Then the waiting began. If you dont park in the $40 pay lots before the show, you dont leave until 2am, unless you want to miss the encore. Then by all means. But we didnt leave until 2am, got Marc to Providence at 230am, and were asleep in Seaconk by 330am. And yet again, more soccer to wake up for at 10am.
Day off: Waking up to soccer at 10am after a long day and night of driving, drinking and dancing is no easy feat. Dealing with 90+ minutes of no scoring and sweating the possibility of not advancing? Much worse. So thank you Landon Donovan for scoring that goal! Made the next few days so much easier to bear.
Pete and Melanie hit off Weekapaug, RI, on the way to Camden. This town does not want to be found. It’s like the island from LOST, and since it’s Rhode Island, it’s not far from the truth. Yet we found it. And some solid seafood.
Next stop was Jersey City at Tim’s for Pete, somewhere in CT for Melanie, and then Camden the next day.
Camden1: Having never been to a Camden show, a bulletproof vest was procured. It was too damn hot for it, and with the thunderstorm rushing through the area, being a conductor for electricity turned out not to be a good idea either. Quick storm, nice cool down, and good times on Shakedown were had by all. The show was solid, but the heat does drain you on days like this. The inside of Susquehanna Bank Center was as hotter than a tin-foil tampon and just never got better. Seats on Page side the next night were somehow cooler. Dehydration may have had a hand in here.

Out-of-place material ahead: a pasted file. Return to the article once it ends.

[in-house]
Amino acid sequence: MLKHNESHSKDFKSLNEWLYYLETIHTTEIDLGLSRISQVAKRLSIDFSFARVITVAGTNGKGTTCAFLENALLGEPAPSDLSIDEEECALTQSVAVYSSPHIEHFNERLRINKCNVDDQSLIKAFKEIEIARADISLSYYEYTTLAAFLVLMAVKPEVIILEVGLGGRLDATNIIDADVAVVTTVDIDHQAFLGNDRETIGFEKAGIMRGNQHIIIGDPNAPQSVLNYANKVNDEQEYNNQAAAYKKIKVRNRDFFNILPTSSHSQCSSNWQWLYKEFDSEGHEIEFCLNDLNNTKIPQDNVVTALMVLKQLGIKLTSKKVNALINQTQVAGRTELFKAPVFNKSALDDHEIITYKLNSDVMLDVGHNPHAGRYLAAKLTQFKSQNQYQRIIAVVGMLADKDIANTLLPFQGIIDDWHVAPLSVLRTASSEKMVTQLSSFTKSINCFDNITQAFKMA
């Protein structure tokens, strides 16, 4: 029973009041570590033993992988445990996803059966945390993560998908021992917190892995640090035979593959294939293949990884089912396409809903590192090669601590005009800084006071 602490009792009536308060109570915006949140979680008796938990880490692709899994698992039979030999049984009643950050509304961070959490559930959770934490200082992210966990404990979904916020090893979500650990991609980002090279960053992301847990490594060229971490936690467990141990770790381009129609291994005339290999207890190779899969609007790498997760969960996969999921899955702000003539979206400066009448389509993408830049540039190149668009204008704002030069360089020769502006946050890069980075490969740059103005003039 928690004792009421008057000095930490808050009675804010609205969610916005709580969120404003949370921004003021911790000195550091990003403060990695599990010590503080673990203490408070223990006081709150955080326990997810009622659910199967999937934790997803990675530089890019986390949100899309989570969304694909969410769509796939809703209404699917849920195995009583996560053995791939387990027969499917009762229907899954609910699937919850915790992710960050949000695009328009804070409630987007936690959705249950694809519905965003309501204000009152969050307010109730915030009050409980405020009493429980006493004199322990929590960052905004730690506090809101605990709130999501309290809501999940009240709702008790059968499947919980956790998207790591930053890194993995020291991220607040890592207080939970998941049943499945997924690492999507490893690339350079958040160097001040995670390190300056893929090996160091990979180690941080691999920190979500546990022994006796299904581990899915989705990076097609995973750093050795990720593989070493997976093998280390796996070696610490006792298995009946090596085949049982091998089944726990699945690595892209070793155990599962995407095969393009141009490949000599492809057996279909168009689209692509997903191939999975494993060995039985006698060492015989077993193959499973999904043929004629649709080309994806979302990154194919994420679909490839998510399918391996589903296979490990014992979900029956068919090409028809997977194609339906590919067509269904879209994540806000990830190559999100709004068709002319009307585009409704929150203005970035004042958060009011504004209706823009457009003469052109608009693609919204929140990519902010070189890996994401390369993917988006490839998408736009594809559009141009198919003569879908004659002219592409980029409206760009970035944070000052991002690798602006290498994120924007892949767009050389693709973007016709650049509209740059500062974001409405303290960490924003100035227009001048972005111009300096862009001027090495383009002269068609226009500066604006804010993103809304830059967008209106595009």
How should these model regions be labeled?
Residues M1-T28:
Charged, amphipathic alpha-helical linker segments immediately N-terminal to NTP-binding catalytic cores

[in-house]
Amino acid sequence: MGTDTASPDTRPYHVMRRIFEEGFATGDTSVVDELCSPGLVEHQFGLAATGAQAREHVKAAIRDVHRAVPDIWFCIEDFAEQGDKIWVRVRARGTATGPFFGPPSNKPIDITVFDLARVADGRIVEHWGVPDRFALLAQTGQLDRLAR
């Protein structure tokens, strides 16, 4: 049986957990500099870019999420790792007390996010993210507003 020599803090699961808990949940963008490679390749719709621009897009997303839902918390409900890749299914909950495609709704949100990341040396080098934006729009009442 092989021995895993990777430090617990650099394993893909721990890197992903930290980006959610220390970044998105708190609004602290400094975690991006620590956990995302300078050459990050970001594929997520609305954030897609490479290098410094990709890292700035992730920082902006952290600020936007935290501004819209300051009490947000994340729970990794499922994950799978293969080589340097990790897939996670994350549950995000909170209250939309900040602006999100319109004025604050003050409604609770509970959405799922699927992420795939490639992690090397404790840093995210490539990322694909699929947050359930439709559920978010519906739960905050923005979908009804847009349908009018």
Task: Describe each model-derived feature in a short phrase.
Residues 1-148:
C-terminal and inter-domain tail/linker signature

Camden2: After a night in Fishtown, we headed back to the show, took the lots very calmly for once this tour, and made it in for the bustout show with Alumni->Letter->Alumni and The Sloth, Free Man in Paris debut, and a second set that had an unfinished Chalkdust and Fuckerpants would have made Brownie blush, but the 2001 that came out of Alaska is potentially the #1 highlight of the 1st leg. The dance party was in full effect and anyone who denies this as being less than awesome needs to go see O.A.R. to remember who they are on tour with.